The play, now premiering as part of the Greek Festival series at the Classic Stage Company on 13th Street, starred Rob Campbell as Achilles and Agamemnon; Amber Gray as Clytemnestra and Menelaus; and Kristen Sieh as Iphigenia, a messenger, and an old man. Now I know what you’re thinking, because it’s been three days and I still can’t get over it: when you have seven people on the ground singing about the play, and you have three actors playing every role, why don’t you take a singer and make them the messenger, who has three lines? While having actors play multiple characters was custom to ancient Greek times, a role as small as the messenger could have been played by one of the singers. Alas, logic is the last thing you’ll find at this play, and it’s unfortunate that Amber Gray, the only person who had any talent on stage, will be tainted with this terrible mark on her resume.
Imagine William H. Macy and Willem Dafoe morphed together, and that product has a problem with using his middle finger. That perfectly describes Campbell, the over actor of the play who takes it a bit too seriously. Not to mention that every single time he points, he uses his middle finger. Now that’s just unsettling to see: it’s the whole reason George overreacts in Seinfeld. Campbell, whose previous works have somehow included the play Macbeth and film Unforgiven, plays Agamemnon as someone trying to do a Sean Connery expression while suffering from an epileptic seizure. The way the stage is set up, there is one spotlight directly over his body, meaning that every time his Scottish to British to Aussie drawl would open up for a new line, he would spit buckets of saliva into the air, akin to a person training their cat with a spray bottle. With a splash zone as large as the Blue Man Group’s, stand back twenty feet if you want to see his guy in a play. Maybe his saliva won’t hit you, but his preposterous overacting will.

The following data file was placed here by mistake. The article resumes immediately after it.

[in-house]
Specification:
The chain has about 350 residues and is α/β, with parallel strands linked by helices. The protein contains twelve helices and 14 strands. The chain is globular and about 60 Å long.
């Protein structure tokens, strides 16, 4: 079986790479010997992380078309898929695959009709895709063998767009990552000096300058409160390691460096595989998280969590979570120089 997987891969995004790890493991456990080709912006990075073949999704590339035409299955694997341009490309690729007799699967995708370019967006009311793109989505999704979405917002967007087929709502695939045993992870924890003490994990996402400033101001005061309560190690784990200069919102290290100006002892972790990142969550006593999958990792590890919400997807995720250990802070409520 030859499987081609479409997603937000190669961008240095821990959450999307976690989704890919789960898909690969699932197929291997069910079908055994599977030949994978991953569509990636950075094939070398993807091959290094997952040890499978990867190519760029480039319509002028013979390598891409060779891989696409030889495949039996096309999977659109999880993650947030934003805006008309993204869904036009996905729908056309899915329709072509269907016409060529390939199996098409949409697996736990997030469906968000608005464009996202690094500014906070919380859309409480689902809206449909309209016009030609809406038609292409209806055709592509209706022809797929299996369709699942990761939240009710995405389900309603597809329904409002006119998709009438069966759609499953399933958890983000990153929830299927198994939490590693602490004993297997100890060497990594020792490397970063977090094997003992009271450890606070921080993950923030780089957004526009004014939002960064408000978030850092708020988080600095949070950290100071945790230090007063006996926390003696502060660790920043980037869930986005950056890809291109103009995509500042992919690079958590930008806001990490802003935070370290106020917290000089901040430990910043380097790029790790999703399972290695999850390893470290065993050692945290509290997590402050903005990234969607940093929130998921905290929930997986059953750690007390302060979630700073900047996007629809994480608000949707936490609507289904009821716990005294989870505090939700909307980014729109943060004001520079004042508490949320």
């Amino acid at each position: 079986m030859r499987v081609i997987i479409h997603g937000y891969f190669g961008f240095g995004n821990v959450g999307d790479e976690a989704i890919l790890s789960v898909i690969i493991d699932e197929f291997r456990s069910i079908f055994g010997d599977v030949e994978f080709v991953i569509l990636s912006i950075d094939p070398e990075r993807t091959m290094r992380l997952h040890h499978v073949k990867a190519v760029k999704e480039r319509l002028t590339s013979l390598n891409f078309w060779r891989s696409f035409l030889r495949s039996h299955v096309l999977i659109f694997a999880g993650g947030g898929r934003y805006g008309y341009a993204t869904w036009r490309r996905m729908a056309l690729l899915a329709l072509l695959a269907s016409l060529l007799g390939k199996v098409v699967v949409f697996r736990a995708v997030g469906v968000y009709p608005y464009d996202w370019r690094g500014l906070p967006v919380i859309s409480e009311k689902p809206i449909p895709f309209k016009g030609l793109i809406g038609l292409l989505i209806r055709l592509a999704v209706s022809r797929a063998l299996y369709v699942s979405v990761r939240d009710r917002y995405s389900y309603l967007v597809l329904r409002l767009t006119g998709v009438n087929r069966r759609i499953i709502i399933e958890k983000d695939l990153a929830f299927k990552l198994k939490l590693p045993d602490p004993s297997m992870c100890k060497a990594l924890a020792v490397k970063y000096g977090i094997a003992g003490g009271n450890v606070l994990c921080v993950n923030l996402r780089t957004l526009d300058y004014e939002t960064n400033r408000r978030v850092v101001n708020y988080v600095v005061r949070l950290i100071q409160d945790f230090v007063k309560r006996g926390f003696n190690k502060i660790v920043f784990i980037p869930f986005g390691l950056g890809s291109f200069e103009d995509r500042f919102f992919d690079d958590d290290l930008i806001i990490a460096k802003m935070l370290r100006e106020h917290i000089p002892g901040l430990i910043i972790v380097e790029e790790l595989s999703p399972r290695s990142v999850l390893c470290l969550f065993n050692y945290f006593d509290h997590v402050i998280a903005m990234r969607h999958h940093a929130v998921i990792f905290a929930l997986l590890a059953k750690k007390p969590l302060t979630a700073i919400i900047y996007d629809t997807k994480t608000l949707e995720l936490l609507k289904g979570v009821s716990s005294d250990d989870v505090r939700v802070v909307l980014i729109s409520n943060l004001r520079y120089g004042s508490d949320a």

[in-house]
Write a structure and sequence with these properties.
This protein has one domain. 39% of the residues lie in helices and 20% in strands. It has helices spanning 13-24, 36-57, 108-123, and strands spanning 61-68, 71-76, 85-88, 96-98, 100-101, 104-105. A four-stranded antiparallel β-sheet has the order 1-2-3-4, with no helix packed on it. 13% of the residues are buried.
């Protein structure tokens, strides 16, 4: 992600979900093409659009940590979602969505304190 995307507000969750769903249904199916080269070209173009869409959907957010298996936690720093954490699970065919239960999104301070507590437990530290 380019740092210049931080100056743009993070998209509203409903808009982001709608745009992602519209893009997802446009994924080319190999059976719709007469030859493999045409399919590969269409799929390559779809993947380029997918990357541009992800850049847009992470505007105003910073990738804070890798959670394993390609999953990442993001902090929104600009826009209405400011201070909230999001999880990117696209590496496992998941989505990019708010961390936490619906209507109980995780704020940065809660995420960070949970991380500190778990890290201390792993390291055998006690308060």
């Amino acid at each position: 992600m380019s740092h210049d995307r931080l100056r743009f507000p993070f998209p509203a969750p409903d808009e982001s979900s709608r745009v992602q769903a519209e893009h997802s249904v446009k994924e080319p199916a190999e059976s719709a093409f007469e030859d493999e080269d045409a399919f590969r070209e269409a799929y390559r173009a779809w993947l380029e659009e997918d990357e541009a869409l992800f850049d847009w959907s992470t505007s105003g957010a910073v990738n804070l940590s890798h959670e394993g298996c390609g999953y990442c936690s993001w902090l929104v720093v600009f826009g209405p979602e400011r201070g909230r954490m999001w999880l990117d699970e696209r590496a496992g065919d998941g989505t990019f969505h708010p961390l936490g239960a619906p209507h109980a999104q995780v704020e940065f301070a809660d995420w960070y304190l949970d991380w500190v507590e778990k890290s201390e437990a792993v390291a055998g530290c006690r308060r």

Remember the 2006 Superman Returns and how much Kevin Spacey overacted in that movie? But it was still fun to watch because, hell, Spacey was enjoying himself and it was entertaining. Well this guy just overacts, along with Sieh. First, tell me why Achilles has this transplant New York accent going on. First off, as a native New Yorker, if it’s something we hate more than gentrification, it’s transplants trying to pretend they’re New Yorkers. And C), Achilles was a Greek soldier in ancient Greek texts, and it’s duly noted that Campbell’s entire performance (at least as Achilles) was based off of Brad Pitt in Burn After Reading er uh cough um Troy. This, added on by the fact that Sieh was overly under acting (to her defense, when there’s a guy on stage yelling at you for hours, you’d probably get tired quickly), gave the play exactly what it needed: an obscenely rude amount of time to cover up. Thank goodness there was no intermission or else everyone would have walked out.
The only good characteristic of the play is Gray. She’s down to earth, she plays the characters as they need to be, she cries when she has to, she’s strong when it calls for her to do so. She’s the only normal one of the cast, providing just the right amount of reaction to actually make the play somewhat enjoyable—at least when she’s on stage. However, the true peeve of the show were the dancers. I’m a fan of Baz Luhrmann, I like how he combines new modern music into films that are of another era. I would be giving this play too much credit if I say that’s what the dancers were supposed to emulate. But don’t get me wrong, the music was well produced and I was more preoccupied with the well timed drum beats and cello solos than I was with the cast itself. The problem wasn’t even the music, it was that at times they were characters in the play, sometimes breaking the fourth wall, and sometimes being directly referred to by Achilles. In ancient Greece, the chorus played the role of responding to the drama onstage to better excite the audience, but never were they part of the play itself. What’s the point of offering commentary if the main character can hear you too?
If you really, really, really want to go see a play that won’t even let you have a good sleep, then go watch this play. If not, save the $20 and 88 minutes, and go next door to Whole Foods to wait in that long line and spend your ticket money on a can of organic tuna.